The Blanket

The Blanket - A Journal of Protest & Dissent
Reviews of 'Century'


Roy Johnston • January 24, 2007

May I thank The Blanket for giving my book two reviews which I hope will make known what I have tried to do among some of the younger generation of republican and left-wing activists. I have reproduced them in the introduction to my web-site overview of the book, which can be seen at with, in the case of the second review, a substantive added comment, relating to the accessability to the hypertext support system. What I said I repeat in this context, because it may lead to some misunderstanding:

(quoting OR) ....But when checking the online material "available in full in the hypertext", the reader will be frustrated to find out that the hyperlinks do not work....

They do [work], provided the reader contacts the author and gets the exact URL for the current location of the hypertext. This requirement is made clear on p1 of the Introduction, and the e-mail address is given. What is more, I (probably) made arrangements with the Editor of The Blanket to transmit the URL to the reviewers. It is a pity that this arrangement, if it existed, seems to have broken down.

I feel I should add some more comments on the O Ruairc review. Firstly, in the lead-in to the above, "..sources only available on the internet..": this is a misunderstanding; the reference to the hypertext is a bridge to other sources; what is in the hypertext is usually my abstraction, for the purpose of the book, of other named available sources, to which I indicate channels of access. The hypertext, incidentally, is still under development; the internet version should be seen as as 'work in progress'; in its final form it may end up as a CD-ROM.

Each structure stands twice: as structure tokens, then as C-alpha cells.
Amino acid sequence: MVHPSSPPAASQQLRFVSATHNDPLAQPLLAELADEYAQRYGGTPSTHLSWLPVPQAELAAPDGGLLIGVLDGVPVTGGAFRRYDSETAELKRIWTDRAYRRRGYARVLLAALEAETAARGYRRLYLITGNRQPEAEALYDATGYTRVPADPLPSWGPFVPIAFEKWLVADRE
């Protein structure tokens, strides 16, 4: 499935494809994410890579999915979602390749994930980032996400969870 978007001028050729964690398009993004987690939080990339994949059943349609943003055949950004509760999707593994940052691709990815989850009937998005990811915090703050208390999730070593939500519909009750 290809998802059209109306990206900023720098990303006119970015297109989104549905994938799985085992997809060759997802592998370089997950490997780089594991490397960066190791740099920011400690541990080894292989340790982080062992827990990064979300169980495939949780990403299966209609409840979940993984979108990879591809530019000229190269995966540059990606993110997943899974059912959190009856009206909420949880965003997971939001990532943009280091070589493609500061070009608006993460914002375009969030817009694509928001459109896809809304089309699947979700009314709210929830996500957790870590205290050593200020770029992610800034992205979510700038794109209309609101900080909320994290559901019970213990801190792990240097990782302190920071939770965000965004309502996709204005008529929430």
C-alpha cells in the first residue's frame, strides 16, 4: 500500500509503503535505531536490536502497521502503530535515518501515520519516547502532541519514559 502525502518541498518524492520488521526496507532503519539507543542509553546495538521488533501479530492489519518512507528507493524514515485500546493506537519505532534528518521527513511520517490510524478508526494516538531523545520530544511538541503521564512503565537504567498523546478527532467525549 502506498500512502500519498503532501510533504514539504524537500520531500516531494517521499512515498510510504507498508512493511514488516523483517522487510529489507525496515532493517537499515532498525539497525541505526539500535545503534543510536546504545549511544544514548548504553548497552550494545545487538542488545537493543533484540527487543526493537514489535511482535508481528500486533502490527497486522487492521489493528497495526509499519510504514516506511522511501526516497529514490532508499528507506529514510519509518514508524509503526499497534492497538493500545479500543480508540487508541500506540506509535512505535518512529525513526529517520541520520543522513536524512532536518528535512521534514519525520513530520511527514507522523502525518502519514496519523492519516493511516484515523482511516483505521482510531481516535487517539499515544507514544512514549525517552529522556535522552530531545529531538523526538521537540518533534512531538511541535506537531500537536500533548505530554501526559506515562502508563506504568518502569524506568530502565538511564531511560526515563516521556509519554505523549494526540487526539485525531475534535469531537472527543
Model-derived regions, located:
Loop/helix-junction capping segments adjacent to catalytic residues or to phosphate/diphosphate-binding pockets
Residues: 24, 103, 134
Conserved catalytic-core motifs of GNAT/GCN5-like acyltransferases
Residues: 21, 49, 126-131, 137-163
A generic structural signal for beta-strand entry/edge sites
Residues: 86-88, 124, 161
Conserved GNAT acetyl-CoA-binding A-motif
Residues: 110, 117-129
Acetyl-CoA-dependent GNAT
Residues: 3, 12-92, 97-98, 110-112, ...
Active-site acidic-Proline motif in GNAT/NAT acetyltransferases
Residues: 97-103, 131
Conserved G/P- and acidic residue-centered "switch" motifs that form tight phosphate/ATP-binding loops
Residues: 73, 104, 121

I will have more to say about O Ruairc, but may I first thank Seaghan O Murchu whose extended review in the January 2 issue is a creditable analysis, in some detail, worthy perhaps of publication as a 'review paper' in some outlet where the academic Irish Studies people might see it (is The Blanket perhaps on the way to becoming this?). I have added three minor corrections of detail in the version which I have published in support of my web-site overview, at the URL given above. Also there are several conferences on the Irish Studies network during the coming year, where this would constitute a significant contribution, and if anything gets set up along these lines, I would be pleased to 'speak to the paper' and contribute to the discussion.

May I now return to the O Ruairc review; he is right in thinking that Ch 7 and some of Ch 8 are the primary sources for understanding the background of the 1960s attempt to politicise the republican movement. I can perhaps add that for people interested in the evolution of the thinking of the Left in the context of the Stalin to post-Stalin transition, from Ch 5 onward to the end is relevant.

Also, the earlier part of the book, dealing with my father, is relevant to anyone seeking to promote an inclusive philosophy for the Irish Republic, such as to present a positive opportunity to the Protestant community in the current transitional context. After all, after defining his political position in favour of all-Ireland Home Rule with his 1913 'Civil War in Ulster' polemic (re-published by UCD Press in 1999), he made his career in the Free State, and it could be said that he had substantially more impact and relevance than, say, Bulmer Hobson.

He takes me to task for being uncritical of Greaves' life of Connolly, suggesting the latter as being a 'Leninist Trojan horse'. Well, if this is in fact the Greaves position, I think on the whole I am critical by implication, and at several points in my interaction with Greaves this emerges, but I did not regard the object of the book as being primarily a critique of Greaves. One can chase too many hares; perhaps I already have.

He picks up positively on my 'science and society' angle, and interest in Bernal, linking however the name of the latter with Farrington. Where did he pick this up? Which Farrington? Tony, the geologist and Royal Irish Academy Secretary, or his classical scholar brother Ben whose 'Greek Science' is a minor Marxist classic? Both may have had mentions in passing, but were hardly central to the narrative.